Quick Tip – copying colons over ssh and rsync

Nov 19 2013 Published by under tech

If you happen to want to copy a file in the current directory with a colon in the name:

this will fail. Possibly after quite a timeout, with a completely unrelated error (unresolved domain name some-file maybe?)

This is because ssh uses colons to separate the user@host part from the filename part.

The fix when the source is on the local computer is to ensure the path starts with a dot:

Incidentally this is related to that old newby fail, forgetting the trailing colon when coping to a destination home directory:

results in a file in the current directory called ‘user@host’. Oops!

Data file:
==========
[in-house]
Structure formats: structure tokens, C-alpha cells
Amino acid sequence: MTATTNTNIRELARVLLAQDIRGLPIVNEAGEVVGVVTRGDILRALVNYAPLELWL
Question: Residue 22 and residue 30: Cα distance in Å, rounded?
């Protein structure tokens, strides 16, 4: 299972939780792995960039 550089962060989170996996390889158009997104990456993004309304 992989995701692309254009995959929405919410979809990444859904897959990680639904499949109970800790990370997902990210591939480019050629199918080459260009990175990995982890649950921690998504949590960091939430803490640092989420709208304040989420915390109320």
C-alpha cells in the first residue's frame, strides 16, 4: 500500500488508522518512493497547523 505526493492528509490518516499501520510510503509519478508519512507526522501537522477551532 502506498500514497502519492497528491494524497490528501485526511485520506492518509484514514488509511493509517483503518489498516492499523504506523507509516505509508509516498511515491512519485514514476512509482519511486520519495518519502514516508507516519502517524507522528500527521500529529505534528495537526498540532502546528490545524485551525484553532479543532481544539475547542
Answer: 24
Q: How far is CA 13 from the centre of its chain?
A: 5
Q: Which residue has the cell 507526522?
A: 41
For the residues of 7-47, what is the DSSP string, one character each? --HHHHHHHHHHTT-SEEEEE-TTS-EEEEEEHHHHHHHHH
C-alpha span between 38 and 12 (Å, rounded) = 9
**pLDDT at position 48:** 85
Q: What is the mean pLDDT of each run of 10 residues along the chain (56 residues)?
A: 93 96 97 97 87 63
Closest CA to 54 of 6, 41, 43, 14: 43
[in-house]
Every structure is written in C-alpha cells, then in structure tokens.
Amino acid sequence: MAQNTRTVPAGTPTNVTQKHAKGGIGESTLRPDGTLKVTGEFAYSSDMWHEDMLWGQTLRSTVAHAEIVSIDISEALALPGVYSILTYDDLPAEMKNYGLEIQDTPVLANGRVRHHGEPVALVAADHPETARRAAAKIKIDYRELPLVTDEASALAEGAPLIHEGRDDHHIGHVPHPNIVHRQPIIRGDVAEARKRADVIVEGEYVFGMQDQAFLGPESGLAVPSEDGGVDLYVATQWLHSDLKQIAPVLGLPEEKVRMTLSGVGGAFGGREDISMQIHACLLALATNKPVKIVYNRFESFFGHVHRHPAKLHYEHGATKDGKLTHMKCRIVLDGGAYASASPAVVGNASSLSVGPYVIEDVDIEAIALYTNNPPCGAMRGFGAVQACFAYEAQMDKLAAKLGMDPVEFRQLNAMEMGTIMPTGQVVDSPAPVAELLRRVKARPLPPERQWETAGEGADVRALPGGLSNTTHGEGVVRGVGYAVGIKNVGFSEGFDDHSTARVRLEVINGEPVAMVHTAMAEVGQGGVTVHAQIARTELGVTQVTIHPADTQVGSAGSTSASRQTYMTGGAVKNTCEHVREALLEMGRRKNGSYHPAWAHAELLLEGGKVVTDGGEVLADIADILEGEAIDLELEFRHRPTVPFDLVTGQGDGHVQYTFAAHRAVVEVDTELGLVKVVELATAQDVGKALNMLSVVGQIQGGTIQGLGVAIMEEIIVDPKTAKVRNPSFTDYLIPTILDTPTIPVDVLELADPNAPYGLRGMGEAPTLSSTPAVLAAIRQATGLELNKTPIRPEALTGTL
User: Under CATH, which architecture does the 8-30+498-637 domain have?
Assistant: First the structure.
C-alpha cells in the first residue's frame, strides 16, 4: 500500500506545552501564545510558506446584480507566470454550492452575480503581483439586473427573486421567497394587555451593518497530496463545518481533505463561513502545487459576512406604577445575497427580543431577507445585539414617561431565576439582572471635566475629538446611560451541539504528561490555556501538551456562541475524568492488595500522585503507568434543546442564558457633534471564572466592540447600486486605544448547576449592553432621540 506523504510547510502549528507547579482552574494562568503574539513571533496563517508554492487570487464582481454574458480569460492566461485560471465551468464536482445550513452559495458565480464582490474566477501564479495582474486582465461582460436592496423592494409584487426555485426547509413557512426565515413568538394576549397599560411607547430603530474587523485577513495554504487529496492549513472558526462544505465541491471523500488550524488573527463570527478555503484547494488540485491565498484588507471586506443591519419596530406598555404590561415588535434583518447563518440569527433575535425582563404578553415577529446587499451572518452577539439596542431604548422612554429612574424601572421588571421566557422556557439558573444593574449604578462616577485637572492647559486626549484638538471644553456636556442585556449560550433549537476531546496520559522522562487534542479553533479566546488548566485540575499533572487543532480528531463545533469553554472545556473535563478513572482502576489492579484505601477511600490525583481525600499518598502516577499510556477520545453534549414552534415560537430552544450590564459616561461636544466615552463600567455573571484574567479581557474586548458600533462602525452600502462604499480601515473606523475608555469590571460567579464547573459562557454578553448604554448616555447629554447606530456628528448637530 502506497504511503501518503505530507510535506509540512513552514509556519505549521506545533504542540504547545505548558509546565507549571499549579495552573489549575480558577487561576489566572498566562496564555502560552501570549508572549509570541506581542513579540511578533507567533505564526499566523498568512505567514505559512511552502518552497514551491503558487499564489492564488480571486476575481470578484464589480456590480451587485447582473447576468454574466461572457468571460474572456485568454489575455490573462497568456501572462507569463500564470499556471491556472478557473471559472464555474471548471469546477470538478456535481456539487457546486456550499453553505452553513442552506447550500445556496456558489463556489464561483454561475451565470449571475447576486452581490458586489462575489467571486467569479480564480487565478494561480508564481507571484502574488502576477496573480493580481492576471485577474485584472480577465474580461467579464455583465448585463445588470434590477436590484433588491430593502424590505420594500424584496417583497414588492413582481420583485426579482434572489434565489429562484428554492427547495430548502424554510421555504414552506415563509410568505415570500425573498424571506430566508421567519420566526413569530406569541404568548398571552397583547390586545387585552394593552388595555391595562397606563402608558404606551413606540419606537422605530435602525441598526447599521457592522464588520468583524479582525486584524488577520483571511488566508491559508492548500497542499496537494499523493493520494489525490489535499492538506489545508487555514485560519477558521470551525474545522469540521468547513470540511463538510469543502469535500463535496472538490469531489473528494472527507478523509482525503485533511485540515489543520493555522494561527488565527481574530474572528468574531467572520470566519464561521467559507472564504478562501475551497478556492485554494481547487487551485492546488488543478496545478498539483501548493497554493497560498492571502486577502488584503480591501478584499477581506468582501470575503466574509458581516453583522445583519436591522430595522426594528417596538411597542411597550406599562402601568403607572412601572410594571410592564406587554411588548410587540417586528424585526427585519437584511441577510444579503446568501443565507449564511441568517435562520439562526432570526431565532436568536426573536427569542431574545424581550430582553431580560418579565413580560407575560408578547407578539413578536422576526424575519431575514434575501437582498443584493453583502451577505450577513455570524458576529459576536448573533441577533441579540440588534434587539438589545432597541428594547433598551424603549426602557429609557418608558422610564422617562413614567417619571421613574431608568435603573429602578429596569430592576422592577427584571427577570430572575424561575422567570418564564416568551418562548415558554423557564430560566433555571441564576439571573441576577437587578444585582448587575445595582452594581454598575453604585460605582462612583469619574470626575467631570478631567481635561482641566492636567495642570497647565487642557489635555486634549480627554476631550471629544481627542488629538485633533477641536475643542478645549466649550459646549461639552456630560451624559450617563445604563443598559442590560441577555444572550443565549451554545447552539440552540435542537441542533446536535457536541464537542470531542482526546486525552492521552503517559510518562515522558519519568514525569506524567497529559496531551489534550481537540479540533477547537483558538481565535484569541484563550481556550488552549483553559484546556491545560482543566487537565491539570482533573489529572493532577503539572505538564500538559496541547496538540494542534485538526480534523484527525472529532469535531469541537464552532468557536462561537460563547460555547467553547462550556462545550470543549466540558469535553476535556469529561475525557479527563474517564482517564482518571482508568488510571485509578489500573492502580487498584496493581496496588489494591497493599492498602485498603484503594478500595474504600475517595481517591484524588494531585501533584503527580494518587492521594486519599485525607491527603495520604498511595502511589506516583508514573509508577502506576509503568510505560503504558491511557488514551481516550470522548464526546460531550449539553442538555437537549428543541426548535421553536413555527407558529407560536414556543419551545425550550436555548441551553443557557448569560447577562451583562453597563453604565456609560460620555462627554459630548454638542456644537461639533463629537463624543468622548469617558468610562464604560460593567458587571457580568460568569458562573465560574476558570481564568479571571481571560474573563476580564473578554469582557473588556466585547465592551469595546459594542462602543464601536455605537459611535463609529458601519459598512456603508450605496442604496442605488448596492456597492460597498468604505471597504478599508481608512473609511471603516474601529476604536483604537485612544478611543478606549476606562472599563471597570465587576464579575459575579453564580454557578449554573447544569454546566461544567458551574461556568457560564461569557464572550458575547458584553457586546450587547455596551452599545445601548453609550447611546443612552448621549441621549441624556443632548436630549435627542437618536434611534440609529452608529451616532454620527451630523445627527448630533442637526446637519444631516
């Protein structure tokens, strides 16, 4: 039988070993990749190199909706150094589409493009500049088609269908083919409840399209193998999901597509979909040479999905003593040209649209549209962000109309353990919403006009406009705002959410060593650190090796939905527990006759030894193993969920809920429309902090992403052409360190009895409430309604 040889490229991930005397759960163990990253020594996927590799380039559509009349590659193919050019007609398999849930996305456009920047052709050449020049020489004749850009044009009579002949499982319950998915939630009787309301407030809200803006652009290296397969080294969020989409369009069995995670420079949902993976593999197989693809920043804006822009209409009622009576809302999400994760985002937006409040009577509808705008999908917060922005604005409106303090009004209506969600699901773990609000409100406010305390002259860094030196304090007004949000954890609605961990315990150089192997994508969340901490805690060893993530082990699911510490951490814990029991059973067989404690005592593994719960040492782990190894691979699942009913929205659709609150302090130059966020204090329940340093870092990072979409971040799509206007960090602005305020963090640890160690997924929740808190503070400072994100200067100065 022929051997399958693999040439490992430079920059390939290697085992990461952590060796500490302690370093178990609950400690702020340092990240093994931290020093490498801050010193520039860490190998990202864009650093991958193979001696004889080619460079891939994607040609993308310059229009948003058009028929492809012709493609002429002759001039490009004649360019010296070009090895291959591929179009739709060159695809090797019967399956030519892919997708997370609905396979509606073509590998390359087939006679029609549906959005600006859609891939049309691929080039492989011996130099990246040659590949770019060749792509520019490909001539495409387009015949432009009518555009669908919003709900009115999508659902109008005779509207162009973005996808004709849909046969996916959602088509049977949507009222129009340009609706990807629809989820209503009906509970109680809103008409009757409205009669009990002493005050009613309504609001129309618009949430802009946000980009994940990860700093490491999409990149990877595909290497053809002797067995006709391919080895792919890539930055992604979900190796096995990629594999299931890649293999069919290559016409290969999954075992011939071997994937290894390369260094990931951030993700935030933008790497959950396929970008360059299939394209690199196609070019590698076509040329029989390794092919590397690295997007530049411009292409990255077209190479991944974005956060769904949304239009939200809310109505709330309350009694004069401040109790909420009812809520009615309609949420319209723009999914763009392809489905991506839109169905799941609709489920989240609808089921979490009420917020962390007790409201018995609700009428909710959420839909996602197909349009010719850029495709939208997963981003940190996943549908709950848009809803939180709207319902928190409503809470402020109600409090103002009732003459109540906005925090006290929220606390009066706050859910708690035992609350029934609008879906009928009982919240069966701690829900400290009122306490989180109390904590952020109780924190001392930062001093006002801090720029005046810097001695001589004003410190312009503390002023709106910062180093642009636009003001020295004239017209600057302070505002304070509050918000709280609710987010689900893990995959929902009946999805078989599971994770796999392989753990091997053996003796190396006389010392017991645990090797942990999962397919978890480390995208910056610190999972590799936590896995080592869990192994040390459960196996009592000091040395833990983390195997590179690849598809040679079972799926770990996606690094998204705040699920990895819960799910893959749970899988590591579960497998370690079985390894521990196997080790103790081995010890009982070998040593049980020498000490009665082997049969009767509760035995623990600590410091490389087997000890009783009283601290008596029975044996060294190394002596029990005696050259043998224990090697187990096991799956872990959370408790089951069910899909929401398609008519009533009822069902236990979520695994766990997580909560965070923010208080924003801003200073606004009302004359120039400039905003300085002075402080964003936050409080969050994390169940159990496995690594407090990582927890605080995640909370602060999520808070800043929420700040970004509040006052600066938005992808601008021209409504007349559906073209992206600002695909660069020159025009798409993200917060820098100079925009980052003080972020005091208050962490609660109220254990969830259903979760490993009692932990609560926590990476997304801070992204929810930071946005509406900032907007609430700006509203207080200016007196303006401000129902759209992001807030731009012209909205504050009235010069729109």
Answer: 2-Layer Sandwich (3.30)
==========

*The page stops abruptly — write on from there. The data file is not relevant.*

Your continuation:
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When ‘ssh -X somehost’ doesnt work…

Nov 24 2012 Published by under howto, tech

So I went to try and remote run an xterm from a machine I had not turned on for a while…

And unexpectedly received the following error message:

After some scratching around I found the following error message in /var/log/auth:

After more had scratching and reading the sshd_config manpage, I remembered I often turn off ipv6 on test machines on my local network (yes, I know…) This doesn’t always play well with default configs of a lot of software, including ssh. Enabling the following setting in /etc/ssh/sshd_config resolved the problem:

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Using SSHFS with a specific identity

Jan 06 2012 Published by under howto, linux

The program sshfs is a Linux tool which lets you mount a remote directory accessible via the SSH protocl as a filesystem over fuse. However it defaults to using ‘id_rsa’ as the SSH identity and there are no direct command line options for selecting an alternate identity, or for that matter other SSH parameters such as the TCP port to connect to.
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